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European Building Sector Policies “Not Enough” to Reach Zero Carbon by 2050

European Building Sector Policies “Not Enough” to Reach Zero Carbon by 2050
03 August 2020 | Updated 12 August 2020
 

A roadmap of policies to deliver essential carbon reductions in the residential building sector by 2050 has been published.

The report, released today by the European Climate Foundation (ECF) and prepared by independent research organisation CE Delft, the sector is not currently on a trajectory to zero-carbon by 2050.

It claims that current policies focusing on incentives and information are not enough for reaching this target.

The building sector is one of the largest contributors to greenhouse gas emissions in the EU. Buildings consume 40 per cent of all energy in the EU and emit 36 per cent of the union's CO2. 

In its long-term strategy for 2050, the European Commission recognises the need for a near-complete decarbonisation of the building sector to meet its climate goals. However, according to the report, current policies will cut only a third of the emissions from buildings.

 

"More action is needed if we are to achieve climate neutrality by 2050 at the latest."

–Ciarán Cuffe

Member of the European Parliament

 

Zero Carbon Roadmap for Europe’s Buildings 

 

The report focusses on three areas where the emissions reduction potential is the greatest:

 

  • The energy performance of the existing building envelope
  • Energy carriers
  • Building materials

 

The report is released ahead of the upcoming “Renovation Wave”, an EU initiative to boost building renovation, as European states discuss national recovery plans in response to coronavirus.

It identifies building decarbonisation and renovation as opportunities for employment, healthier houses and lower energy bills for citizens in times when it is most needed.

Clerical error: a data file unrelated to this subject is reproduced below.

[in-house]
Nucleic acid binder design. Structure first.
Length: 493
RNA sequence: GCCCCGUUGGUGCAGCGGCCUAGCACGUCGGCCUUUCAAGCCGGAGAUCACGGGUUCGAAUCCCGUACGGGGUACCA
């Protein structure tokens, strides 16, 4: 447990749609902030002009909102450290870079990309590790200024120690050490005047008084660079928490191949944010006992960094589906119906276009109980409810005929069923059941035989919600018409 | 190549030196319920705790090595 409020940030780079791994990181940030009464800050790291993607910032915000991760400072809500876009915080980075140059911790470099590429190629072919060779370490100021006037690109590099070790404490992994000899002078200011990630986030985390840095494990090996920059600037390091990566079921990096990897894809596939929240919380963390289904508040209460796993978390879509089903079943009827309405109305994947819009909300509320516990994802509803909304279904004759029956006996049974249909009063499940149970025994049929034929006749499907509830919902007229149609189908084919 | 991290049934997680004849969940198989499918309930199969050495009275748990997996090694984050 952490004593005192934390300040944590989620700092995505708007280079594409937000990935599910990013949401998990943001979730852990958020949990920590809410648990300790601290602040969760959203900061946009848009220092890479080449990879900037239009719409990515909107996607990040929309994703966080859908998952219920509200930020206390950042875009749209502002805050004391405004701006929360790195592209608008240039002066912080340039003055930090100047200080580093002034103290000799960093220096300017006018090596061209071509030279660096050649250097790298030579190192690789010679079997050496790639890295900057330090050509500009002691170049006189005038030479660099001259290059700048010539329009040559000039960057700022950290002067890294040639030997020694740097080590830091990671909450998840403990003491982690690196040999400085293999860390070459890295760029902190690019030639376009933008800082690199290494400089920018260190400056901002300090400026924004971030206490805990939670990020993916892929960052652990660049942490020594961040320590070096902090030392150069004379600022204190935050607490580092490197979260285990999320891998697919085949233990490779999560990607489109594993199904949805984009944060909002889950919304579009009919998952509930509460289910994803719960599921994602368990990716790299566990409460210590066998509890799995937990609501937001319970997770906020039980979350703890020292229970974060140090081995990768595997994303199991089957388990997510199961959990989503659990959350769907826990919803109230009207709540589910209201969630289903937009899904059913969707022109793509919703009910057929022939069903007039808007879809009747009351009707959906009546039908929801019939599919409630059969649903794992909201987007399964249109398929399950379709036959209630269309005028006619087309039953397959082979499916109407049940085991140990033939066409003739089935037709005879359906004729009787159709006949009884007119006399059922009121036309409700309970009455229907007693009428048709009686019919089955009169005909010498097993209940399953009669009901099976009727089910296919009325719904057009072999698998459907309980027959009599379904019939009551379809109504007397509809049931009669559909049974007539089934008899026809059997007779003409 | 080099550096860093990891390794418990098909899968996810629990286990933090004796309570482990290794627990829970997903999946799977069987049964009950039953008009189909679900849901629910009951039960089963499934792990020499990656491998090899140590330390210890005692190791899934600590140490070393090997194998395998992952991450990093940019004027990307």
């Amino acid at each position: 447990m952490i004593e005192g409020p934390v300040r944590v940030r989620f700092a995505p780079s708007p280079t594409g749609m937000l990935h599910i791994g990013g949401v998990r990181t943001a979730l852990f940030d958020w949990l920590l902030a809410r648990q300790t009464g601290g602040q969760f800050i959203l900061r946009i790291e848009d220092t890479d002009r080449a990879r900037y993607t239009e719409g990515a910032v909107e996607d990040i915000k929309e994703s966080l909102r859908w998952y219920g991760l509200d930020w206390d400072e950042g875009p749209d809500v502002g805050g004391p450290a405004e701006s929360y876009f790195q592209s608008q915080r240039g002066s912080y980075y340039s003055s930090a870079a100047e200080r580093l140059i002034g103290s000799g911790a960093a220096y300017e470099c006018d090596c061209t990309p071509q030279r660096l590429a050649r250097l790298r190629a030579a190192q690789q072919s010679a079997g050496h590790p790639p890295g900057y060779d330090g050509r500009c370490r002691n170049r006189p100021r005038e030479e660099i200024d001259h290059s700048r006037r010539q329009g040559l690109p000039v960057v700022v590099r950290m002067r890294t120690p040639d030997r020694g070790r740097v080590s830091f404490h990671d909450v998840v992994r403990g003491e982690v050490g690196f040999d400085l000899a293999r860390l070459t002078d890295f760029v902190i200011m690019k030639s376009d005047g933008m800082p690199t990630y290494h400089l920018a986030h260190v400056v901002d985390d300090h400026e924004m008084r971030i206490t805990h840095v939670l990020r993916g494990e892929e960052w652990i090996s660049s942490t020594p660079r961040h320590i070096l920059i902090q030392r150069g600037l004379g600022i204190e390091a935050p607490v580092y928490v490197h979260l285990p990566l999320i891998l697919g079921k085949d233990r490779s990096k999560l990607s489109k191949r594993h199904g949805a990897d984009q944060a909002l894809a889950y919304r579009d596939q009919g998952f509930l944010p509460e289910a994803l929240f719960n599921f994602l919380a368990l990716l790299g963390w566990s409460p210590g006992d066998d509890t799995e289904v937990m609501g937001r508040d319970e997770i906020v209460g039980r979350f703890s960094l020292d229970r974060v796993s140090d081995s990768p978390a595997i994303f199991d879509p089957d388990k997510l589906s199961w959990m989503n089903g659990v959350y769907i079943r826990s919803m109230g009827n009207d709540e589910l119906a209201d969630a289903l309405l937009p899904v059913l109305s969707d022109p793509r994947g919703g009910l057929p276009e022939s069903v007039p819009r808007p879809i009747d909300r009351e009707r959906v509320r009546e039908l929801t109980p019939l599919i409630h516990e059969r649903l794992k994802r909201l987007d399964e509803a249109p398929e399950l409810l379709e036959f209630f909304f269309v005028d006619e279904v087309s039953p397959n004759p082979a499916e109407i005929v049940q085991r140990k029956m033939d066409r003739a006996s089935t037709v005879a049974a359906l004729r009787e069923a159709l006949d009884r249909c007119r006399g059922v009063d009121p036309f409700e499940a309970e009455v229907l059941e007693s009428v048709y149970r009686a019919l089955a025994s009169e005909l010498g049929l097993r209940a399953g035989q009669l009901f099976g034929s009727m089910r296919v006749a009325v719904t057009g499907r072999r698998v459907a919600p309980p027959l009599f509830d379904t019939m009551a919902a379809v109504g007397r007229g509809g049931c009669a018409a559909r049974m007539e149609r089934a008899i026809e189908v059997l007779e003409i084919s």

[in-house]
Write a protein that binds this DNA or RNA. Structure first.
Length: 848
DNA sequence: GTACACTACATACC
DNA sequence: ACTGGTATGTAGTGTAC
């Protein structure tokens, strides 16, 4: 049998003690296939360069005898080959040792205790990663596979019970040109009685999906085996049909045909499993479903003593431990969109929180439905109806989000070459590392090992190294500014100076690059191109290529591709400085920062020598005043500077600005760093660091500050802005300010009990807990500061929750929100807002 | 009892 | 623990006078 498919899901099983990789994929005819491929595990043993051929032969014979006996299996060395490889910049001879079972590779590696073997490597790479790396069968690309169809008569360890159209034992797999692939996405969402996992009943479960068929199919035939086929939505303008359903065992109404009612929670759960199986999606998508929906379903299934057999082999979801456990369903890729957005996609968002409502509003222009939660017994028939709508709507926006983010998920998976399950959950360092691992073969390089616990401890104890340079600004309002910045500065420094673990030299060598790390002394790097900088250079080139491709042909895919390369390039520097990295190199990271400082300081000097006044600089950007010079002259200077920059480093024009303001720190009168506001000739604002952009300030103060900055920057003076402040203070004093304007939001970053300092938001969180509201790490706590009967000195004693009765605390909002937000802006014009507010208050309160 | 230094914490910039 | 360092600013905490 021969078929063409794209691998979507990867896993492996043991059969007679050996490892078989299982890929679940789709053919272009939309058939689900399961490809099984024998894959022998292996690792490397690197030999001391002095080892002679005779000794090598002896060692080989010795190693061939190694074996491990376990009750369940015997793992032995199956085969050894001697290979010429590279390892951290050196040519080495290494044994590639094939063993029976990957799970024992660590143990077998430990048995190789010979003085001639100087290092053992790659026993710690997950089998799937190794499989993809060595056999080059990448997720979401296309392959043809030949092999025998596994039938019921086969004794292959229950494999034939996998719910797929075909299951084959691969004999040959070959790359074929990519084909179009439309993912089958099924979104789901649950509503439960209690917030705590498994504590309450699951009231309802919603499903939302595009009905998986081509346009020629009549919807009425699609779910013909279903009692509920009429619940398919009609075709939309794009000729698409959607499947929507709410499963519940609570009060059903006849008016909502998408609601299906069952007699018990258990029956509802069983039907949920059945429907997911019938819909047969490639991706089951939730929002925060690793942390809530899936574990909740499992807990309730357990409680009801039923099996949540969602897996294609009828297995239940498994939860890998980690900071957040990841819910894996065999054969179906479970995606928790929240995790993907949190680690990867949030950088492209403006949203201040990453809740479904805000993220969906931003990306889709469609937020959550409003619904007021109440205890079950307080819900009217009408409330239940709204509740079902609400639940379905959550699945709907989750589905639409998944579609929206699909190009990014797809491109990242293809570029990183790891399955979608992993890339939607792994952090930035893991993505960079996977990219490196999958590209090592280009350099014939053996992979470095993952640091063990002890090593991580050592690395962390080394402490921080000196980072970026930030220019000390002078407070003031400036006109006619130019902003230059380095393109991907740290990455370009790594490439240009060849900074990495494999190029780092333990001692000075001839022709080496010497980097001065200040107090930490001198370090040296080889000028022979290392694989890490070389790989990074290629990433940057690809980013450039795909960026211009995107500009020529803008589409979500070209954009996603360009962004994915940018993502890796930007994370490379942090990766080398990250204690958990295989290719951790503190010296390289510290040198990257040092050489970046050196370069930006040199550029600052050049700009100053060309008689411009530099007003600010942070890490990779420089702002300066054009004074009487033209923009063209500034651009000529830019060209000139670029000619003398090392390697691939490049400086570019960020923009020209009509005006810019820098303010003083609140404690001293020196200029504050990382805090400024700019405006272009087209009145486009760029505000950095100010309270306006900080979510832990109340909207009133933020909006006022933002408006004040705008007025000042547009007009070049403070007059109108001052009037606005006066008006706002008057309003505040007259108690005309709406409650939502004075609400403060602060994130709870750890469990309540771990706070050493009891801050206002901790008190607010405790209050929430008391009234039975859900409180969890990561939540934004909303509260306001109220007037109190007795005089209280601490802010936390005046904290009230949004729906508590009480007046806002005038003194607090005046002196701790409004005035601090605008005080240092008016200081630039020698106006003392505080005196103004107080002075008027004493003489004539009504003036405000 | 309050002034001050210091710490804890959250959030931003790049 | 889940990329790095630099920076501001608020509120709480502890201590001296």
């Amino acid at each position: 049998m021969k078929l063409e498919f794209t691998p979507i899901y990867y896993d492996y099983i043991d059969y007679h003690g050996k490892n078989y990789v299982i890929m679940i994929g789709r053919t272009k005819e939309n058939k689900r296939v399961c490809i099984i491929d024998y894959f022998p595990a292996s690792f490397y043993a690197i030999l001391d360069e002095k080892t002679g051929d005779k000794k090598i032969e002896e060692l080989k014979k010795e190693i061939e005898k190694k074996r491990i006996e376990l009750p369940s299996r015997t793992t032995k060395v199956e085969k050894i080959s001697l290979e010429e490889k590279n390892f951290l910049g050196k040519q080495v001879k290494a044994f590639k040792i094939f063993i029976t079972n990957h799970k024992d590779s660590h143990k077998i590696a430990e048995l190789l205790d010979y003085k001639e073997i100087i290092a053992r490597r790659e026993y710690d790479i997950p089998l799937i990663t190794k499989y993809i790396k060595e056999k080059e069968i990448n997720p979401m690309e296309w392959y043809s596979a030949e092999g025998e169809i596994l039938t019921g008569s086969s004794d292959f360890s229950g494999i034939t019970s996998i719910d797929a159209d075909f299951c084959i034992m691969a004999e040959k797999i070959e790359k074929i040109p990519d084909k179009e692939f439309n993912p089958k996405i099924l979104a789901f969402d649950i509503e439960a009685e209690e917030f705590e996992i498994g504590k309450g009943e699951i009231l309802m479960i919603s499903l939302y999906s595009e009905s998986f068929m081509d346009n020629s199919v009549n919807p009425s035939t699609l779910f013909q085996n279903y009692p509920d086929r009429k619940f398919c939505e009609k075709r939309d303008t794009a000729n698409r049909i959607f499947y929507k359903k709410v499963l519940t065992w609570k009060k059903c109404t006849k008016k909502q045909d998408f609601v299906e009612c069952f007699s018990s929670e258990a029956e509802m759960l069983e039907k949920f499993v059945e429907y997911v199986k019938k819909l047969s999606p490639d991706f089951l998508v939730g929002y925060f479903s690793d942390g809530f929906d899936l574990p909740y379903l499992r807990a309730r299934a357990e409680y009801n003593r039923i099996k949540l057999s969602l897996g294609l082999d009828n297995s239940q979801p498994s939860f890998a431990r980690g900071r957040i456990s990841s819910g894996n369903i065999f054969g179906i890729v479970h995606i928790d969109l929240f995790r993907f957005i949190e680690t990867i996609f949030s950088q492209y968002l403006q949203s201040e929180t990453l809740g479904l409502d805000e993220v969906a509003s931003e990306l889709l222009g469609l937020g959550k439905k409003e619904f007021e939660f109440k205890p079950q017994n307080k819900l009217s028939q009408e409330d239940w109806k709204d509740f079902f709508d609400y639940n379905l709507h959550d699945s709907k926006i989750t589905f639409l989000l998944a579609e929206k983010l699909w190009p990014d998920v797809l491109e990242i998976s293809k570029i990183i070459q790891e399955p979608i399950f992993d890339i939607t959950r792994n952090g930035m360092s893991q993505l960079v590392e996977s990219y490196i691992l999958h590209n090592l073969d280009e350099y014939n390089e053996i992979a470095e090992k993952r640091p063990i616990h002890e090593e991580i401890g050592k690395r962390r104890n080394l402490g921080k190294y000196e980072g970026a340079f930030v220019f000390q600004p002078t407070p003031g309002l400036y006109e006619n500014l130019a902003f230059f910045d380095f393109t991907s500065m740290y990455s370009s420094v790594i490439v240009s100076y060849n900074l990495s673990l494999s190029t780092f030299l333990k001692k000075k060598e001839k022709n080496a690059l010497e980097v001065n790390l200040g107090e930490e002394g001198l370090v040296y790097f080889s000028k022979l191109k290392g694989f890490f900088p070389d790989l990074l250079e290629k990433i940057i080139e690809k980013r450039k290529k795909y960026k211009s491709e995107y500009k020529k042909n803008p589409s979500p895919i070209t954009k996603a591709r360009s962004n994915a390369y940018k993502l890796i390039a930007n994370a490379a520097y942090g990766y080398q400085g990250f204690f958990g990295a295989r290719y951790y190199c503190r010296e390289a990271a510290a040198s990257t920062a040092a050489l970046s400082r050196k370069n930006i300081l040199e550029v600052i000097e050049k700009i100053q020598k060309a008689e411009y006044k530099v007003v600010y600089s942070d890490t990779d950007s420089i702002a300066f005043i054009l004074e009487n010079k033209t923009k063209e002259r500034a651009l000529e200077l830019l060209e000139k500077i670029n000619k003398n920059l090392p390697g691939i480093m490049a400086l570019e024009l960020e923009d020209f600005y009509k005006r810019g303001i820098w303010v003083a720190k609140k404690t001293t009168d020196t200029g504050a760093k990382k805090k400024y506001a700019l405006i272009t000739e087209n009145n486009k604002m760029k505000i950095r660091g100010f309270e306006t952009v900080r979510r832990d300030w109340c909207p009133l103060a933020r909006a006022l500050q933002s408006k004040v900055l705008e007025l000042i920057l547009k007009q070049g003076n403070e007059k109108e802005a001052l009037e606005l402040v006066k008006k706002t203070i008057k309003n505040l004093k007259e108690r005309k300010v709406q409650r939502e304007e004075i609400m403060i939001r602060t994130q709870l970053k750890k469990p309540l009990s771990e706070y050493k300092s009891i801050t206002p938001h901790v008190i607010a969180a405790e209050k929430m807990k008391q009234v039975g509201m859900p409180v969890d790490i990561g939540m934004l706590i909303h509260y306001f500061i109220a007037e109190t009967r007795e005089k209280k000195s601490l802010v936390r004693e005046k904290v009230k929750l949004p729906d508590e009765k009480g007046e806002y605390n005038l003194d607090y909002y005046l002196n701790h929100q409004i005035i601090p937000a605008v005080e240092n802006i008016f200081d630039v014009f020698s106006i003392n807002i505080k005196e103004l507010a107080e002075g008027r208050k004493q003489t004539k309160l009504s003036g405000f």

Ciarán Cuffe, Member of the European Parliament commented: "Now, more than ever, citizens require and deserve a healthy and safe place to call home. Investing in energy efficiency and zero-carbon buildings can deliver quality homes with lower energy bills. More action is needed if we are to achieve climate neutrality by 2050 at the latest."

To advance building decarbonisation, the report calls for further and binding policies at the EU level in three areas:

 

  • Reducing energy demand through the renovation of the building stock
  • Shifting to zero-carbon fuels for heating
  • Reducing embedded carbon in construction and renovation materials

 

"This report underlines that a comprehensive policy package would stimulate investments in deep efficiency and zero-carbon innovation in the buildings sector," says Oliver Rapf, Executive Director of the Buildings Performance Institute Europe (BPIE). 

"Smart policymaking should use the many intervention points of real estate transactions and should ensure that our buildings meet the needs of its users and support citizen-focused and livable cities. The European recovery initiative is a unique opportunity for better buildings," he continues. 

The full report can be accessed here.

 

Re-Prioritising Energy Management Post-COVID

 

Energy management initiatives are key in achieving long-term carbon reduction goals but, in the current economic climate, companies may struggle to find the capital investment required to implement them. 

Utility Team have created the Revolving Green Fund, which provides businesses with interest-free funding to deliver energy-efficient projects and technologies. 

You can read more about the funding here

Picture: An photograph showing an aerial view of a housing estate

Article written by Ella Tansley | Published 03 August 2020

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